The film cycle Desobedoc returns to Porto between April 25 and 28, debuting in Portugal “The Silence of Others“, a documentary “about memory and amnesia regarding the crimes of Franco“, explained the organization.
“In a Europe and a world where we see authoritarianism resurfacing, memory is a tool to not allow the past of dictatorship and fascism to repeat itself,” said José Soeiro, deputy and national leader of the Left Bloc, the party responsible for the initiative which this year takes place in the Operator Catholic Circle of Porto and that only in 2018 was not held in this city.
Feminism, the time of clandestine abortion in Portugal, stories about a hidden Port and a trip to the liberation of the last political prisoners to be released after April 25, 1974 are some of the themes that will also go through the 5th edition of Desobedoc , to “show that the cinema can put the finger in the wound” and help “to think the world“.
For the 25th, at 9:30 pm, the premiere of ‘O Silêncio dos Outros’, a documentary by Almudena Carracedo and Robert Bahar, winner of the 2019 Goya Award for best documentary feature, shows the struggle of the victims of the 40 years of dictatorship of Franco in Spain.
The next day there is a new national premiere at 10 pm with Andrew McConnell and Garry Keane ‘Gaza’.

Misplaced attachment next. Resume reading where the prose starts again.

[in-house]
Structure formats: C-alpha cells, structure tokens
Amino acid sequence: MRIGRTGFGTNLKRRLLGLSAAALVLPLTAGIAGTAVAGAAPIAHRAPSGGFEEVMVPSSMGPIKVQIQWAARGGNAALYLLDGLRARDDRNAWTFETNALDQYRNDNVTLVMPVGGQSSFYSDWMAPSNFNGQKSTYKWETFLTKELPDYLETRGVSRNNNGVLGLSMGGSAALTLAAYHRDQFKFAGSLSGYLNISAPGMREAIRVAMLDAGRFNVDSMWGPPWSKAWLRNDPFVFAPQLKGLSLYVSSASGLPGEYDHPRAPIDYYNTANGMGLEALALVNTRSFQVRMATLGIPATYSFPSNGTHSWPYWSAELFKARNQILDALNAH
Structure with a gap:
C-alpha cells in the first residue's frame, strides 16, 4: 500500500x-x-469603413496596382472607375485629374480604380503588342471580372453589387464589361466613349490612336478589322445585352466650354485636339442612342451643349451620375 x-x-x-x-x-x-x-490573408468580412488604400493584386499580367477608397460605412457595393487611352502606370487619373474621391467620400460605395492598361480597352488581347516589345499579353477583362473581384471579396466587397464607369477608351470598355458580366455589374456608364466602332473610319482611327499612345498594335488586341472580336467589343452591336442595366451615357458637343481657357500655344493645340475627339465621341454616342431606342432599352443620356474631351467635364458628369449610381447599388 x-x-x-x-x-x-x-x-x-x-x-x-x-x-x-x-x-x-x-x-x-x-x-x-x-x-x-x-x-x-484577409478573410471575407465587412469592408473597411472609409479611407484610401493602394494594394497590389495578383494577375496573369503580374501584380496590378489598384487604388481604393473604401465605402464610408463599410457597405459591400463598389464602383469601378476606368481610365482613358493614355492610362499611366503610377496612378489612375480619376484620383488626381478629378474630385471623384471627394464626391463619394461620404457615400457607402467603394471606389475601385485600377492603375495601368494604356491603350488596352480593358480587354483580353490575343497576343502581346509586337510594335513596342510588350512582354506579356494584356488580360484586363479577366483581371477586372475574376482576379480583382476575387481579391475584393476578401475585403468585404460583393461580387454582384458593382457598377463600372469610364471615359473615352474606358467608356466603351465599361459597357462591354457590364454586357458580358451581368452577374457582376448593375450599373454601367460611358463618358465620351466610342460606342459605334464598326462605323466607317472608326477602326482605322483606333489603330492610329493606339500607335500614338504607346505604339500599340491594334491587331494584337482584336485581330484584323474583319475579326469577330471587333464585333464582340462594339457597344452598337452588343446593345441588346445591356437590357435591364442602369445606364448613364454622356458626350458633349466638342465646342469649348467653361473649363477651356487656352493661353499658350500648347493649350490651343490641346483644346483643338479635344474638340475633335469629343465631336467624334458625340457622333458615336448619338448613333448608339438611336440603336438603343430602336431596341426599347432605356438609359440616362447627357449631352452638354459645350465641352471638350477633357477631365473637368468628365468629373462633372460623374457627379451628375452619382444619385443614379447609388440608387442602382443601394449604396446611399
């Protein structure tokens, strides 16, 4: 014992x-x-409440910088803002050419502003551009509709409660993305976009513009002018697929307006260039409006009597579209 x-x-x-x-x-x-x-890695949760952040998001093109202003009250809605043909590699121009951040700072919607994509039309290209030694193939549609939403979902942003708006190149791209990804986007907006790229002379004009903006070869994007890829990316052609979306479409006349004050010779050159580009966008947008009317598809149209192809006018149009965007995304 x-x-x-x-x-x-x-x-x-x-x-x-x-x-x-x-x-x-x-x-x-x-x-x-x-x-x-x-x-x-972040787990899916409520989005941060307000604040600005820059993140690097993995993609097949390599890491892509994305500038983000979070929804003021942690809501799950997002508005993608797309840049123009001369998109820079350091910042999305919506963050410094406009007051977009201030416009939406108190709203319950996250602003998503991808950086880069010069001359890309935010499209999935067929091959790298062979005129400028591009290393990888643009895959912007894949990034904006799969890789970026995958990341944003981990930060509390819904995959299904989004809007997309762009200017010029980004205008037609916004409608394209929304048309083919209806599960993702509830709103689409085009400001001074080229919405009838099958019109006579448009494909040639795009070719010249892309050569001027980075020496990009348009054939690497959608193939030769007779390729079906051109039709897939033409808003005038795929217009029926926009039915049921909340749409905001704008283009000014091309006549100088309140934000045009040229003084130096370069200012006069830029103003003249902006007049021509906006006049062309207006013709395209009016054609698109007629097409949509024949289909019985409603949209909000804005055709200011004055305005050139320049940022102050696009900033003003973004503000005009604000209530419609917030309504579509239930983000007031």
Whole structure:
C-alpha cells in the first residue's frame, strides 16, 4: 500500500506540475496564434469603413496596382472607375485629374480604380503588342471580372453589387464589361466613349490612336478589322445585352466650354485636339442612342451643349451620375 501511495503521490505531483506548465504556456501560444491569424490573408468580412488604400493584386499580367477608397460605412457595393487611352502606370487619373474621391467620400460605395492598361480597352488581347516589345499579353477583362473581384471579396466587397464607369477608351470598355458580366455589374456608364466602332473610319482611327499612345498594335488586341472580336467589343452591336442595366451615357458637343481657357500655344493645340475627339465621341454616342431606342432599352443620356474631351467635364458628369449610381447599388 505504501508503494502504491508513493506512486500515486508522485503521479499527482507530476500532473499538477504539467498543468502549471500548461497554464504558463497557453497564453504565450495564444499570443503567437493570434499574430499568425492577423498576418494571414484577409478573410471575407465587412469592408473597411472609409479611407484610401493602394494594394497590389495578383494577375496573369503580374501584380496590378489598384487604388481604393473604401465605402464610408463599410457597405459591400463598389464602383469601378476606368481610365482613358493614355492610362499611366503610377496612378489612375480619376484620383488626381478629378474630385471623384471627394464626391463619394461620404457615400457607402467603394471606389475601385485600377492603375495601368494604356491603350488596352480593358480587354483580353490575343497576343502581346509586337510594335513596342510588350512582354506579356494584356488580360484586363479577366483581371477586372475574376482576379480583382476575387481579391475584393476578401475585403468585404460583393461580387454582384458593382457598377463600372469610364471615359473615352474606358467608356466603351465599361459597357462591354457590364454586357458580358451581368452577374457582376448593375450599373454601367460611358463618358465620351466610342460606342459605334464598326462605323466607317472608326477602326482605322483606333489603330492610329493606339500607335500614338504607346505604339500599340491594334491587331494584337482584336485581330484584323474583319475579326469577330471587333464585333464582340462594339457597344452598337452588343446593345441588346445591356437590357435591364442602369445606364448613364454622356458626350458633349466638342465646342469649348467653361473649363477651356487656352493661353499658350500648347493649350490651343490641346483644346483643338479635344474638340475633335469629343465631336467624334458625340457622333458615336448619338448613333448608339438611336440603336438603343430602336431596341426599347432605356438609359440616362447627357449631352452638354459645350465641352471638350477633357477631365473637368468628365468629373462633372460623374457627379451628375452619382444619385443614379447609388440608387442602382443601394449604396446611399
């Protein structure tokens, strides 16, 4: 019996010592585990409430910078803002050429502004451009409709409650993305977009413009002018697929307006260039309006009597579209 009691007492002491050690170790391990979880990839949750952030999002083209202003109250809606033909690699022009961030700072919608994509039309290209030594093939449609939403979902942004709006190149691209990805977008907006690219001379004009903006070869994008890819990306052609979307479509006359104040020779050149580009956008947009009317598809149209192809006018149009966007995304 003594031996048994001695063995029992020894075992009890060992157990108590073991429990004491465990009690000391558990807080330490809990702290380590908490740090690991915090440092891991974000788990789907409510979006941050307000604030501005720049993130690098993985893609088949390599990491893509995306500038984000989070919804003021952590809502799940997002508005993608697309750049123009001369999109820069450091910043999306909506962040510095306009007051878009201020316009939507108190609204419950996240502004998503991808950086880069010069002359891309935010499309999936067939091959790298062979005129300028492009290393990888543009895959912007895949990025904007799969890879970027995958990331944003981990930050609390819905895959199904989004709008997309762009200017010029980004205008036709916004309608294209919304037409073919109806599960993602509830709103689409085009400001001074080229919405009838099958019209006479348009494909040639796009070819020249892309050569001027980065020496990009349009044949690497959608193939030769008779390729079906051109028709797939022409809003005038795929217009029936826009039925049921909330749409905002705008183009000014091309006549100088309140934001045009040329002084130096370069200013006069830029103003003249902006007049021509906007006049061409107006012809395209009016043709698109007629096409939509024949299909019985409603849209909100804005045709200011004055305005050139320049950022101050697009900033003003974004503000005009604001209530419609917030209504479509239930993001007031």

Before that, at 6:00 p.m., the “Museum of Shame” by Luís Monteiro and José Castro is presented, which addresses “the struggle for the transformation of PIDE’s former facilities in Porto into a space of the memory of the struggle against fascism“, describes José Soeiro.
On the 26th, ‘Feminism: Not a Step Behind’ on the GAMP – Women’s Autonomous Group of Porto, ‘probably the first collective of anti-capitalist feminism in Portugal’, ‘Work In Progress’ by Melanie Pereira, on the feminist strike of March 8, and ‘The Women’s Response’ by Agnes Vàrda, recently deceased French filmmaker.
To this is added, at 9:00 pm, ‘Abortion is not Crime’, 1976, which brought its author, Maria Antonia Palla, to court.
“It has already been tried in a democracy. It is proof that cinema changes the world and it is a weapon that can bother and put a finger on the wound,” says José Soeiro.
On April 27, the premiere is by Jilles Von Du Soleil, by Gilles Perret and François Ruffin, on the movement of the yellow jackets in France, while the short films deal with “various realities of a Port sent to the invisibility, “describes Soeiro.
Luís Nuno Baldaque’s “Christian Port” and Luísa Pinto’s “Breaking the Walls of Prison,” which brings together “eight prisoners from the two prisons in Santa Cruz do Bispo, women and men, with five professional actors and two musicians. ”
The neighbourhood of Aleixo, in Porto, is approached in ‘Russa’, named after the documentary by João Salaviza and Ricardo Alves Jr., but also by a former resident of the housing complex who returns to visit his sister and friends.
The Desobedoc ends on 28th at 9.30 pm with Ettore Scola’s Italian film ‘Un Dia Unesquecível’, presented by Francisco Louçã, to return to Rome in 1938, when the city celebrates the visit of Hitler and Mussolini.
Every morning there is room for the Desobedoquinho, dedicated “to children from 9 to 13 years and for anyone who wants.”
With the programming of Sérgio Marques and Tatiana Moutinho, Desobedoc is an initiative “done in a collective and cooperative way“, starting in 2014 in the then closed Cinema Trindade to “show that there was public” for the closed cultural halls in the centre of Porto, as explained José Soeiro.